BOSTON (AP) — Human rights advocates claimed a victory Tuesday after a federal judge in Boston said he would consider a former El Salvadoran military colonel's alleged war crimes before sentencing him on separate immigration charges.
Inocente Orlando Montano is among 20 people that authorities in Spain indicted in 2011 following the 1989 slayings of six priests during El Salvador's 12-year civil war. He has denied involvement in the killings.
"The takeaway from today is Montano was before a judge who really wants to look at his human rights record," said attorney Carolyn Patty Blum from the Center for Justice and Accountability.
She called Tuesday "an incredible victory for human rights," saying it's the first time Montano's alleged role in the slayings will be aired in court. Her organization is leading the prosecution in Spain of what's called the Jesuit massacre.
In delaying Montano's sentencing, U.S. District Judge Douglas Woodlock said he might depart from sentencing guidelines when deciding a penalty. The defendant previously pleaded guilty to three counts of immigration fraud and three counts of perjury.
"My view is that, if proved, the allegations concerning Mr. Montano's acts with the military are matters that would cause me to consider an upward departure or variance," the judge said.
The government claims Montano lied about his past on U.S. immigration forms, including denying having military training when applying for temporary protected status as a foreign national, in part to avoid prosecution in El Salvador.
Prosecutors want the judge to consider a Stanford University political science professor's report that claims troops under Montano's command carried out 65 killings, 51 disappearances and 520 cases of torture, among abuses.
Blum's organization also submitted letters from alleged victims of human rights abuses reportedly perpetrated by troops under Montano.
He served as El Salvador's vice minister of defense for public security during a 30-year career as an elite member of the El Salvador Armed Forces.
A 1993 United Nations report found evidence Montano colluded with other Salvadoran military officials to murder a priest suspected of supporting leftist rebels, an order that allegedly resulted in the slayings of six priests and two other people at a Jesuit university.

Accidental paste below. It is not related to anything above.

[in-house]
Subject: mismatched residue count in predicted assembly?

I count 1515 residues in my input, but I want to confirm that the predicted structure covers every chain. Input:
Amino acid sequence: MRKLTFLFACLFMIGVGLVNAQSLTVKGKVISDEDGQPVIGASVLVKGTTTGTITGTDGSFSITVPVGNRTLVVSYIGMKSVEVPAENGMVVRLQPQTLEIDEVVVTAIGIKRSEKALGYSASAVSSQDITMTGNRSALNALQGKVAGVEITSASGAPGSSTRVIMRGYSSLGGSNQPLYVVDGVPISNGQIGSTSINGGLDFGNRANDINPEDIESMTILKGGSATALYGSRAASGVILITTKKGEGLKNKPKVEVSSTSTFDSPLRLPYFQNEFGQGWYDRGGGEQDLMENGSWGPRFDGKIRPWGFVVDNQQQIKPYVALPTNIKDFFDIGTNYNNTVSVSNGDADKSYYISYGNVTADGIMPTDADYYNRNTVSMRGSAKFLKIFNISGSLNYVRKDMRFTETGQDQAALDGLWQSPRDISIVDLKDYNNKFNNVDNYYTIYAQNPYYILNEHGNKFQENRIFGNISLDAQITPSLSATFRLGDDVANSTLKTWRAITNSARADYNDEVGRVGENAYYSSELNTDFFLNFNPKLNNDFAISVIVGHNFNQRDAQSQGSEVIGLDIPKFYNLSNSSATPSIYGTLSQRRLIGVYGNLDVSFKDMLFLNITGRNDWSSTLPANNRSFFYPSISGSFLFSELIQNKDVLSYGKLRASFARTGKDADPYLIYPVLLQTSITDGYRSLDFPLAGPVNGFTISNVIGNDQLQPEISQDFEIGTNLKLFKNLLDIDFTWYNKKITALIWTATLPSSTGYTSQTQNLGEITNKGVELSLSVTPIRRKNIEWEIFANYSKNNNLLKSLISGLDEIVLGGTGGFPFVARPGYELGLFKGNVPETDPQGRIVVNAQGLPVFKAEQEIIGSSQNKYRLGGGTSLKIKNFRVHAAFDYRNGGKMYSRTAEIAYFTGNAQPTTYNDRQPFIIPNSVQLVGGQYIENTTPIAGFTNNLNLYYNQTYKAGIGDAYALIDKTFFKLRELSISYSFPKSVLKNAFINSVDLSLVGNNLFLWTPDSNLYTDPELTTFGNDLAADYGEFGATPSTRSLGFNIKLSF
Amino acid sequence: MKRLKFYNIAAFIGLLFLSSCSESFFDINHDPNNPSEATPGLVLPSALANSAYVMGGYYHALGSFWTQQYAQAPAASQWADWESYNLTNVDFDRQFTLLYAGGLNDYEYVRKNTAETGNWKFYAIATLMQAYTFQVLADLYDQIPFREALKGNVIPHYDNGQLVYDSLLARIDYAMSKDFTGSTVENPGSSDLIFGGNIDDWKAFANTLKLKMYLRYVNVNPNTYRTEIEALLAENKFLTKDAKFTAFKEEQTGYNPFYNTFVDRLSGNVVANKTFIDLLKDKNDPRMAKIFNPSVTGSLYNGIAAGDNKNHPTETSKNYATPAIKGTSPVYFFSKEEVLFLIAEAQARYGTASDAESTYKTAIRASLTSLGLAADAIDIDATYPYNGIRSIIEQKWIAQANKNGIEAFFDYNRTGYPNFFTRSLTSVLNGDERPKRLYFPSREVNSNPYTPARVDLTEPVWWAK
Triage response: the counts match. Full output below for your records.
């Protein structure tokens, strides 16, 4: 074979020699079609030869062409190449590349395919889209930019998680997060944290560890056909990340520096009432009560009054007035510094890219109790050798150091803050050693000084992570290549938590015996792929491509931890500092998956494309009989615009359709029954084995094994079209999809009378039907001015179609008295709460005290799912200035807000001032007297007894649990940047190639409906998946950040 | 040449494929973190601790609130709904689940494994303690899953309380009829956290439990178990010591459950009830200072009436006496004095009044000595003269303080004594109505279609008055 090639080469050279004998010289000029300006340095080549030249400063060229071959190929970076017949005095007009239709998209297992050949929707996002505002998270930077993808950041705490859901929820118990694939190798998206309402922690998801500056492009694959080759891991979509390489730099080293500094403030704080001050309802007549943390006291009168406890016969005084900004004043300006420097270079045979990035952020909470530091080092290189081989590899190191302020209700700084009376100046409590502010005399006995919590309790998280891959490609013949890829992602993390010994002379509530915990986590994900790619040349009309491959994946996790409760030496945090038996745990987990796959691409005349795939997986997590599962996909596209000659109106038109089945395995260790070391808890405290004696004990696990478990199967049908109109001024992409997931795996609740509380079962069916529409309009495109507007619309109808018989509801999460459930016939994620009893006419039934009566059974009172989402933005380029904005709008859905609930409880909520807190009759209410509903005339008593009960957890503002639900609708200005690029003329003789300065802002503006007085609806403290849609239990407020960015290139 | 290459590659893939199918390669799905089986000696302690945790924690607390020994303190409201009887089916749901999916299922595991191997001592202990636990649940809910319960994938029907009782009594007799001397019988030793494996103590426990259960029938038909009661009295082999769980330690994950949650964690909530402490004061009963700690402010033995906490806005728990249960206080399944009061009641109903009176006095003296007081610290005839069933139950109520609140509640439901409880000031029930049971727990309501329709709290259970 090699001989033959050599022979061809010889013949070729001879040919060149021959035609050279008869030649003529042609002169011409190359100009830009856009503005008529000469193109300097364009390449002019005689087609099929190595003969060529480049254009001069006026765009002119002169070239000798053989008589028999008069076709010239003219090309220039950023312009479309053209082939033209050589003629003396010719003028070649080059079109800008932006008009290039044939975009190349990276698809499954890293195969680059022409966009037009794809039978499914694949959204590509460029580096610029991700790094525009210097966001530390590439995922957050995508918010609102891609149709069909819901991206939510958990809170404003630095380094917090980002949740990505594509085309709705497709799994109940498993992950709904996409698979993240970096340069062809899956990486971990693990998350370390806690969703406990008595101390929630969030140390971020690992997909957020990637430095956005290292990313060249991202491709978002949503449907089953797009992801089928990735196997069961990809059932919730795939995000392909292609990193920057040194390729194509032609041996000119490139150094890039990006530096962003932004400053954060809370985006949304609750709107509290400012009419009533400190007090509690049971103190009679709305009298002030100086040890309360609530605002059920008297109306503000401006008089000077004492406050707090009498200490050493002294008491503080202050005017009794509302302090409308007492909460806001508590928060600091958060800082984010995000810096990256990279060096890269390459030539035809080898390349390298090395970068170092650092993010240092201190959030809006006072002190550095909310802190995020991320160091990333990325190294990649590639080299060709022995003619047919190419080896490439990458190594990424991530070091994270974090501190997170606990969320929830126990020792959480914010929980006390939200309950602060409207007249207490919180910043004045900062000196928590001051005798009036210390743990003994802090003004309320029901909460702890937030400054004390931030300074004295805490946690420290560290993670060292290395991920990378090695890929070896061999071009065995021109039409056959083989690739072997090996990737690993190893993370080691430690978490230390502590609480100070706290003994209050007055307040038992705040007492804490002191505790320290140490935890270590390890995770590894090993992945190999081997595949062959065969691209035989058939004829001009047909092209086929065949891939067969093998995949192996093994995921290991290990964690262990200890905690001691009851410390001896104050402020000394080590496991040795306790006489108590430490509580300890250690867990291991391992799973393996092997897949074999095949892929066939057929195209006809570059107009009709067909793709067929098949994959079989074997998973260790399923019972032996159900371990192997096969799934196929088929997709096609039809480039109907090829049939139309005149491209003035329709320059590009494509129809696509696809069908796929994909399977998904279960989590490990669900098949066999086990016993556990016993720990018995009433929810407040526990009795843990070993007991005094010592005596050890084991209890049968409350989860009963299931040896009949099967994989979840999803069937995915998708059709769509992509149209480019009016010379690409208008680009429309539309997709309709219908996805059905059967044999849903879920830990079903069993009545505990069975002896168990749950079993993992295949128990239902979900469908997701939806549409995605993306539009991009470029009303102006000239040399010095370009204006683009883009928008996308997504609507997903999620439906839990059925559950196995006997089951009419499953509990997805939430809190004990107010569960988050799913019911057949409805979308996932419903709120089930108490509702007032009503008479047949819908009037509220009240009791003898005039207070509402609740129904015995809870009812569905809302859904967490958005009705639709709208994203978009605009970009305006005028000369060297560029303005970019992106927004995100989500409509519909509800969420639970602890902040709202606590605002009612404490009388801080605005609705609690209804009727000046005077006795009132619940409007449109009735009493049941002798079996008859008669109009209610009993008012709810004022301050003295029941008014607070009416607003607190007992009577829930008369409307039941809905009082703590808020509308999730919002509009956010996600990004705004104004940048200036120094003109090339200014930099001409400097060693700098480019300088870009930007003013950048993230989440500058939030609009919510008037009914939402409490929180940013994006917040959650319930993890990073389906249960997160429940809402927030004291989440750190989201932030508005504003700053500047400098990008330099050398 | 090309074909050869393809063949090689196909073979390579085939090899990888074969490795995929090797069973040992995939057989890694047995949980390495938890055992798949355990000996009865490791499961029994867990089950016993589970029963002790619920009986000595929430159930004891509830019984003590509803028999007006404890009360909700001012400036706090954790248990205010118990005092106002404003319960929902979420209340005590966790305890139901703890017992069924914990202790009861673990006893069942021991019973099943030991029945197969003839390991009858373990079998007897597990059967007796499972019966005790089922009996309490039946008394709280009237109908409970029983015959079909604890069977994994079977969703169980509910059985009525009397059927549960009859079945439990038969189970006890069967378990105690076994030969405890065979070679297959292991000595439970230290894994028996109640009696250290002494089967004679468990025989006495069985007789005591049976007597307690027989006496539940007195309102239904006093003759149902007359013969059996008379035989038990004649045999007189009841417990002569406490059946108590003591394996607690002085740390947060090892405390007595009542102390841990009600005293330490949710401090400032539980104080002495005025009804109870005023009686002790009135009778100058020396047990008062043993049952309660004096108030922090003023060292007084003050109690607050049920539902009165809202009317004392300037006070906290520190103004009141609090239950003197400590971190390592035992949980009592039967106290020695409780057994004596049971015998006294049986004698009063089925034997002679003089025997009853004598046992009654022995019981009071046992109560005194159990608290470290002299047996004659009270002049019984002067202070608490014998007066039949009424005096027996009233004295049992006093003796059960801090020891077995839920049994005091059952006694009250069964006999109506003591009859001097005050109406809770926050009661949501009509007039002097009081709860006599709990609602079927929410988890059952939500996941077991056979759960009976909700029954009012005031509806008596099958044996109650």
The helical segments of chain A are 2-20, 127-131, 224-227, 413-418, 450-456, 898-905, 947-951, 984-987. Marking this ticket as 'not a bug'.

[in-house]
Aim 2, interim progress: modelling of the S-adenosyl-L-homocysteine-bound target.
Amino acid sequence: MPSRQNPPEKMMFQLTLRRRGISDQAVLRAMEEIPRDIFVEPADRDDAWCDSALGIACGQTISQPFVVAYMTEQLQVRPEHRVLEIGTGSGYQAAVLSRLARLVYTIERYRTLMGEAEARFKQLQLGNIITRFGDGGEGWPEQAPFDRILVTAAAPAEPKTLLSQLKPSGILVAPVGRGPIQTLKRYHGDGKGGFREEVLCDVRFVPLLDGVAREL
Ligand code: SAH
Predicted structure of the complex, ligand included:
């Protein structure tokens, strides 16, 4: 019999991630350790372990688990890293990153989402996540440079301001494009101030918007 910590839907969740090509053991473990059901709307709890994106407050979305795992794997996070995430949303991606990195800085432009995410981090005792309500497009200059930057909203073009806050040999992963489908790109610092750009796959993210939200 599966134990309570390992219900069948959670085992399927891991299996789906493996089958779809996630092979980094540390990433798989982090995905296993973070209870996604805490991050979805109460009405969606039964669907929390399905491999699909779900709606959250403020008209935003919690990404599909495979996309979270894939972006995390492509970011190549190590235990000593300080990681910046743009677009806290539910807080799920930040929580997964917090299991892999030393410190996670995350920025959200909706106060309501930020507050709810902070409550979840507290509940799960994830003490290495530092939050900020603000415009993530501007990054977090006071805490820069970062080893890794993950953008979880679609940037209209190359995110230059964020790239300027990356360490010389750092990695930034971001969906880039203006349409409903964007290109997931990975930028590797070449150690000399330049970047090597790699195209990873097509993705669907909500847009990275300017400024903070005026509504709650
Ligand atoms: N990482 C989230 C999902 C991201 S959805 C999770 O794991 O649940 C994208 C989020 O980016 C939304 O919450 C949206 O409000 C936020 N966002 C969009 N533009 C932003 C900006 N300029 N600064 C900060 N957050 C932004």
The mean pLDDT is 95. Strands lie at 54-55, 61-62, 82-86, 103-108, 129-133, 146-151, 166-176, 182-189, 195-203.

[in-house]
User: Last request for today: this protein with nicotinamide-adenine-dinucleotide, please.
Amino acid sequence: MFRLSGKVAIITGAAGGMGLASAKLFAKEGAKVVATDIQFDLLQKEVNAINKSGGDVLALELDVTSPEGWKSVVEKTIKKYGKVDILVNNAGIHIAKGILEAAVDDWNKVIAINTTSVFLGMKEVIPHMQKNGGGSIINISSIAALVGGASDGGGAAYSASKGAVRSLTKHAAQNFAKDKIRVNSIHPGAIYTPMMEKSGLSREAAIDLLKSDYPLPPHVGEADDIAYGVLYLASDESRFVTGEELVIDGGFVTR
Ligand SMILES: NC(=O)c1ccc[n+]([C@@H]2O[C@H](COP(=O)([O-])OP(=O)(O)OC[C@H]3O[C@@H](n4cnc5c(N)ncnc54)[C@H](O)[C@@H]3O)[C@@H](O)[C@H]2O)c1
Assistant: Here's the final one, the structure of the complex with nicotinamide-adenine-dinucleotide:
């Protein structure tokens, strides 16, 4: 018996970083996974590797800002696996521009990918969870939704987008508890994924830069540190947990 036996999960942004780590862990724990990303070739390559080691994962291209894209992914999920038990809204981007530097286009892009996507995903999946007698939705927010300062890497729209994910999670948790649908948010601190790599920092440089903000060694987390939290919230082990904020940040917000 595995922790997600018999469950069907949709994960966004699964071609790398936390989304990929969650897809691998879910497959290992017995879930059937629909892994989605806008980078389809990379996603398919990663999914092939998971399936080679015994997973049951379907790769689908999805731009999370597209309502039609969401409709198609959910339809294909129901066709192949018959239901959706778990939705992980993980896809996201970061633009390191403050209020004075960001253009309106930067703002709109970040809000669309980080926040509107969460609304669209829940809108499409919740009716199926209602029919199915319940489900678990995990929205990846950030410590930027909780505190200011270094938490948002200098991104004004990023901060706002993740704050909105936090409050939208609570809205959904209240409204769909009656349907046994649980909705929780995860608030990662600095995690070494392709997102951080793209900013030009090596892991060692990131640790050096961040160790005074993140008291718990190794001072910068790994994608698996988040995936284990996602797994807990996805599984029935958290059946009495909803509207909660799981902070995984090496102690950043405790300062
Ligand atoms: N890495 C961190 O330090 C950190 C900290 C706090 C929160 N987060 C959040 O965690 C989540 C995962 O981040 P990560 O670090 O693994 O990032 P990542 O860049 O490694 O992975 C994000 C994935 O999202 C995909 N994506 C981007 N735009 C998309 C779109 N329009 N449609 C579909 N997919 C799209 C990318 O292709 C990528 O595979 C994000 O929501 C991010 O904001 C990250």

Assistant U.S. Attorney John Capin said Tuesday the government isn't looking to prove allegations related to crimes in El Salvador, but rather to show that Montano came to the U.S. to escape potentially having to stand trial for them.
But federal defender Oscar Cruz Jr. said the government violated his client's plea agreement by asking the judge to consider a stricter sentence of about four years in prison based on allegations unrelated to the immigration case.
Cruz argued in court papers that the government's submission of the Stanford professor's report that paints his client "as a war criminal of epic proportions" is highly inflammatory.
Cruz said after court that he expects future testimony related to the Stanford professor's report, something he plans to challenge during a cross-exam.
Walking with a cane, Montano declined to comment while leaving court Tuesday. His next court date is expected to be in March.
The U.S. government has not indicated whether it would extradite Montano to Spain. He is in his 70s and was living near Boston for about a decade when authorities arrested him in 2011.
The Rev. Donald MacMillan, a Jesuit priest who works in Boston College campus ministry, said after Tuesday's court proceeding that he was looking for justice and peace for the families of the Jesuits slain in El Salvador.
"The Jesuit community would like to see justice served, and truth be told, and reconciliation take place for the Jesuit community, for the people involved, for the El Salvador community," MacMillan said.
The priest said Montano's sentencing on immigration charges would be a step toward justice, and he hoped Montano would face extradition to Spain.